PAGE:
NEW YORK (AP) -- Stock indexes crept lower Friday, putting the Dow Jones industrial average on track for its third losing week this year.
The Dow fell 9 points to 12,970 as of 2:30 p.m. Eastern time. That's a loss of 0.1 percent. American Express Co. dropped 1.1 percent, the biggest fall among the 30 companies in the Dow.
Yelp jumped as high as $26 on its first day of trading, far above its initial offering price of $15 a share. The stock of the online restaurant and business guide company was up 65 percent at $24.70 Friday afternoon.
In other trading, the broader Standard & Poor's 500 index fell 4 points to 1,370. Sara Lee Corp. had the biggest gain in the index, up 7 percent, after saying its shareholders will get up to $4.5 billion in stock when it spins off its international coffee and tea business later this year.
The Nasdaq composite index dropped 9 points to 2,979.
Both the Dow and Nasdaq are trading below milestones hit earlier this week. The Dow closed above 13,000 on Tuesday for the first time since May 19, 2008. The Nasdaq composite index broke the 3,000 level on Wednesday for the first time since 2001.
These round numbers mean little to professional investors, said Brad Sorensen, director of market and sector analysis at Charles Schwab. But the media attention they generate may lure Americans back into the stock market, he said, and their savings could push indexes even higher.
"We're a little more surprised there isn't more enthusiasm given the run we've had over the last couple of months," Sorensen said. "The individual retail investor has been reluctant to participate, but we're looking to them to fuel the next leg of this rally."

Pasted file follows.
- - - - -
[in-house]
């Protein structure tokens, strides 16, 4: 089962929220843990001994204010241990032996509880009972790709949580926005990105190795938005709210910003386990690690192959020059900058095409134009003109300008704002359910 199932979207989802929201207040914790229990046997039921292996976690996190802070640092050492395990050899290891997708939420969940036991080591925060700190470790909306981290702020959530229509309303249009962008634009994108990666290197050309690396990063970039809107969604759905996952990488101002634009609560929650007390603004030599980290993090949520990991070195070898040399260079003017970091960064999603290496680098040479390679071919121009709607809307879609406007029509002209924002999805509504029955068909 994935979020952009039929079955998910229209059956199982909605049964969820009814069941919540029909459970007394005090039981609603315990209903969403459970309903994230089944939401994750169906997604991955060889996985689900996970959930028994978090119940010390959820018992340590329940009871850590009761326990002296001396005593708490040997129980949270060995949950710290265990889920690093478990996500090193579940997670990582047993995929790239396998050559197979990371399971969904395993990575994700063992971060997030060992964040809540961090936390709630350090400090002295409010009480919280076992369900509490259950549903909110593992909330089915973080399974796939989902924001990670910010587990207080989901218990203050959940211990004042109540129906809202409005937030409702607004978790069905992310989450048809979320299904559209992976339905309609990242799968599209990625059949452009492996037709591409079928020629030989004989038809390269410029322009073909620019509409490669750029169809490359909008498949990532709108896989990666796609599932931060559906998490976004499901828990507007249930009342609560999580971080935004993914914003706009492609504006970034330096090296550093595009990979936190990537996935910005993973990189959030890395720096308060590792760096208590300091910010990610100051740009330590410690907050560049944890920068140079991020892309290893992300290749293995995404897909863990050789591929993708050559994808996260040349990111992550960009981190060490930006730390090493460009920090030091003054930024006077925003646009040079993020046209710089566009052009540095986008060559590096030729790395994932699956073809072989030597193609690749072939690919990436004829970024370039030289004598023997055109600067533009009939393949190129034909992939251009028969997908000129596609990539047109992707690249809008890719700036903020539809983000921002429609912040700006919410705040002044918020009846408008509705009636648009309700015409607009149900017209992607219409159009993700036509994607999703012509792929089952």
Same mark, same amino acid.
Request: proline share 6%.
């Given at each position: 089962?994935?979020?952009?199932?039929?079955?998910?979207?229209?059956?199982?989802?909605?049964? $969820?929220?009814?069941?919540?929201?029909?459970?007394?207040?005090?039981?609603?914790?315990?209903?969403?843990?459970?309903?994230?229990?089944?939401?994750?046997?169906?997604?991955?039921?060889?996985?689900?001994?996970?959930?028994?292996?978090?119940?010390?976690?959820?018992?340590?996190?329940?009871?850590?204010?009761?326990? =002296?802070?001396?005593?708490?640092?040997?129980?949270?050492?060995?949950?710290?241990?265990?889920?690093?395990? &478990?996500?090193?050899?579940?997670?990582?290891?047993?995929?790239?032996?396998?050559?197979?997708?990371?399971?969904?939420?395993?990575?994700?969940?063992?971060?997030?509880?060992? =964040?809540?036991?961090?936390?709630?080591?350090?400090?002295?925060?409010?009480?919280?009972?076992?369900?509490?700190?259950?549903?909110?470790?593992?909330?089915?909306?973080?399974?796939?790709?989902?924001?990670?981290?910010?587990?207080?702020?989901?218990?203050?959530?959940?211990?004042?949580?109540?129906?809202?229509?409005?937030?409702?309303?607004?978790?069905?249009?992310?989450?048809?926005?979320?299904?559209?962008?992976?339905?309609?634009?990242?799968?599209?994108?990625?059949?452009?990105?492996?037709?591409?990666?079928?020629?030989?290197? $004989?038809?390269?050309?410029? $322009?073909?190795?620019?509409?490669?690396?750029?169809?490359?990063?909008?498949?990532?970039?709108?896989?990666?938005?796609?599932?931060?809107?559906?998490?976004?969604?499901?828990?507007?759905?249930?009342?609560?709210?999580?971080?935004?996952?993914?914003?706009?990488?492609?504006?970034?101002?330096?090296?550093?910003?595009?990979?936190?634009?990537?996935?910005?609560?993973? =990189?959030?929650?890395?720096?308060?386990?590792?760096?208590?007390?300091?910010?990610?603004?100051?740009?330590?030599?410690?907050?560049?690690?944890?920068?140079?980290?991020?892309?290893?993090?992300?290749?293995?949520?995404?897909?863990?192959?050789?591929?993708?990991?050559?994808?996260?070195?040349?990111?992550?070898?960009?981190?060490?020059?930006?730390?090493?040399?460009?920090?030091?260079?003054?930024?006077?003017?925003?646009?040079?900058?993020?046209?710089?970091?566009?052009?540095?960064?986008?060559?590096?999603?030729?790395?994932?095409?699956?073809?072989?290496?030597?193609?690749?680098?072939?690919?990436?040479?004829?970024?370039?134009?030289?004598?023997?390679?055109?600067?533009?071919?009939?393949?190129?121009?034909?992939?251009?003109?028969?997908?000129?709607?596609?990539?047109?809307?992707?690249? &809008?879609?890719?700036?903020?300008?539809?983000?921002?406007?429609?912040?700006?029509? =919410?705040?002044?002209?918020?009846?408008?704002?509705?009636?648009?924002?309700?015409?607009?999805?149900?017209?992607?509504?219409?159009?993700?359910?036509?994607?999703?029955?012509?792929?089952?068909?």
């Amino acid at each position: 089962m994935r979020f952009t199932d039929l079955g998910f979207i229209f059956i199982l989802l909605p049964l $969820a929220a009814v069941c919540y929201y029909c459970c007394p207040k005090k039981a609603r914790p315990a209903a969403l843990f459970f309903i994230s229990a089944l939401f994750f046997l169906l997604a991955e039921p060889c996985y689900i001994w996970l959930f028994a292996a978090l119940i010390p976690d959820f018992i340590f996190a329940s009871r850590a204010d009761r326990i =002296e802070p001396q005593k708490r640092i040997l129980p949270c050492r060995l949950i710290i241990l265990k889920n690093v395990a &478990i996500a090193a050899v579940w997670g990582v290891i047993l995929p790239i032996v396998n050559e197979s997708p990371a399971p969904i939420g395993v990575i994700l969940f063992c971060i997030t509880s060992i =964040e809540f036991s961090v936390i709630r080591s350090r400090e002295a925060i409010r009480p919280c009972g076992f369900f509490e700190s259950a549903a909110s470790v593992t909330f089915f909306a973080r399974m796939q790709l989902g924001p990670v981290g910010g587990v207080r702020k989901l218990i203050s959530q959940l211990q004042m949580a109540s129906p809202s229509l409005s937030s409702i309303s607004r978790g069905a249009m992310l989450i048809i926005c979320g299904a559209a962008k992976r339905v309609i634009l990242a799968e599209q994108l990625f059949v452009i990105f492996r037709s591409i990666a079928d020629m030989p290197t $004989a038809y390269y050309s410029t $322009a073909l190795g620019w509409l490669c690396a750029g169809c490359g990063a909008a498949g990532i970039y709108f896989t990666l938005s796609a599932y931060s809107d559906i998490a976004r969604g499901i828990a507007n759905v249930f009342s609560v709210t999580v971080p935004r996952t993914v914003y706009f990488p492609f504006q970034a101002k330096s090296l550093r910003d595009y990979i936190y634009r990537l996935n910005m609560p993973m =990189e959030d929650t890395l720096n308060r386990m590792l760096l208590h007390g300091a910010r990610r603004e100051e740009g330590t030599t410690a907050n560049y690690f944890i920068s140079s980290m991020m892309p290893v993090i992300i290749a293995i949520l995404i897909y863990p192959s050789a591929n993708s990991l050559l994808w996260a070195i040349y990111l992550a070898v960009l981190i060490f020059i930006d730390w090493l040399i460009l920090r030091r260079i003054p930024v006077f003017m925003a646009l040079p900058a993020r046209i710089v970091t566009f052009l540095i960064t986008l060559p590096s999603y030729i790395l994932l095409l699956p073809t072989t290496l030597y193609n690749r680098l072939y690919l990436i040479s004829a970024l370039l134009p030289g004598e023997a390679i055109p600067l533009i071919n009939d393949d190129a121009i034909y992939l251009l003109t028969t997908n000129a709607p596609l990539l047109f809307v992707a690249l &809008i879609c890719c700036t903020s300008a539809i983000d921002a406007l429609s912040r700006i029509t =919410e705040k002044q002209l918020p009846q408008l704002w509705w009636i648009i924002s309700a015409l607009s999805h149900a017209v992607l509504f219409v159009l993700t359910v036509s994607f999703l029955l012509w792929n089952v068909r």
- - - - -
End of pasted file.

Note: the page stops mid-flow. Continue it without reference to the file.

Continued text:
The S&P 500 index gained 8.6 percent in the first two months of this year, its best start since 1987. But Americans still pulled a total of $3.9 billion from U.S. stock funds over those two months, according to data from the Investment Company Institute. Most of their savings are going into taxable bond funds.
Douglas Cote, chief market strategist at ING Investment Management, has been telling his clients to shift more money into stocks and corporate bonds as the U.S. economy improves and the greatest threats are fading away. The European Central Bank loaned $712 billion to the region's struggling banks at cheap rates this week, a move Cote believes will keep the European debt crisis from boiling over.
"It takes the European debt crisis off the table," he said. "We've been counseling investors that it's time to get back in the market."
Oil fell 1.7 percent to $107 a barrel after Iranian media reported an explosion at a Saudi Arabia pipeline. Saudi Arabia denied the report. Oil and gas stocks had some of the steepest drops in the S&P 500 index. Peabody Energy and Alpha Natural Resources Inc. sank 5 percent.
Among other stocks making big moves:
-- Trading in Wynn Resorts Ltd. was briefly halted after a regulatory filing was mistakenly made. The erroneous report said Wynn had made progress on a new resort in Macau, a gambling hub. Wynn Resorts was still up 5.5 percent after trading resumed.
-- Big Lots Inc. dropped 4 percent after the discount retail company lowered its earnings guidance below analysts' forecasts.
-- Genesco Inc. gained 4.6 percent. The clothing company raised its 2013 earnings outlook above analysts' estimates. Genesco also reported quarterly earnings that topped expectations.
-- CVR Energy Inc. fell 1.2 percent after the Texas oil refiner rejected a $2.6 billion hostile takeover bid from the billionaire investor Carl Icahn.